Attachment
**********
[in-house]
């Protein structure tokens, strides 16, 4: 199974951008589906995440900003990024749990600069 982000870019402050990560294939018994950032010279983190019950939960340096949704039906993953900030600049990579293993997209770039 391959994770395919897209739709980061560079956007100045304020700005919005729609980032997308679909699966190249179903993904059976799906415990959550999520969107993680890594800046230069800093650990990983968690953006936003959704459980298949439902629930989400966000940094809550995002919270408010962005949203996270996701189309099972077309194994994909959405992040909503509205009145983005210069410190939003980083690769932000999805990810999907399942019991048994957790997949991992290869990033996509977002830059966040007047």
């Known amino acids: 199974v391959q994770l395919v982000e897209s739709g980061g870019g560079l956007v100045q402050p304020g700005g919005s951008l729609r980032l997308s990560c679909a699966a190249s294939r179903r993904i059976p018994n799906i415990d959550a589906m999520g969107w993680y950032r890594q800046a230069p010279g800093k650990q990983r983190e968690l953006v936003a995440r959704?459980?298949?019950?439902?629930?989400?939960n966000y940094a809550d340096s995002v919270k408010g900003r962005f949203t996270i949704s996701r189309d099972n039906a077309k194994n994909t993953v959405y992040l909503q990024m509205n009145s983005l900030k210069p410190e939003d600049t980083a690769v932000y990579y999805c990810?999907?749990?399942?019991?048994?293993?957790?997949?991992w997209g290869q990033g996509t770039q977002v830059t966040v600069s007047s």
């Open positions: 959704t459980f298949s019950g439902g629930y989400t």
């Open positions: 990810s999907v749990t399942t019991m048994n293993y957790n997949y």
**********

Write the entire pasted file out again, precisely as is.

[in-house]
């Protein structure tokens, strides 16, 4: 199974951008589906995440900003990024749990600069 982000870019402050990560294939018994950032010279983190019950939960340096949704039906993953900030600049990579293993997209770039 391959994770395919897209739709980061560079956007100045304020700005919005729609980032997308679909699966190249179903993904059976799906415990959550999520969107993680890594800046230069800093650990990983968690953006936003959704459980298949439902629930989400966000940094809550995002919270408010962005949203996270996701189309099972077309194994994909959405992040909503509205009145983005210069410190939003980083690769932000999805990810999907399942019991048994957790997949991992290869990033996509977002830059966040007047």
């Known amino acids: 199974v391959q994770l395919v982000e897209s739709g980061g870019g560079l956007v100045q402050p304020g700005g919005s951008l729609r980032l997308s990560c679909a699966a190249s294939r179903r993904i059976p018994n799906i415990d959550a589906m999520g969107w993680y950032r890594q800046a230069p010279g800093k650990q990983r983190e968690l953006v936003a995440r959704?459980?298949?019950?439902?629930?989400?939960n966000y940094a809550d340096s995002v919270k408010g900003r962005f949203t996270i949704s996701r189309d099972n039906a077309k194994n994909t993953v959405y992040l909503q990024m509205n009145s983005l900030k210069p410190e939003d600049t980083a690769v932000y990579y999805c990810?999907?749990?399942?019991?048994?293993?957790?997949?991992w997209g290869q990033g996509t770039q977002v830059t966040v600069s007047s």
């Open positions: 959704t459980f298949s019950g439902g629930y989400t």
């Open positions: 990810s999907v749990t399942t019991m048994n293993y957790n997949y």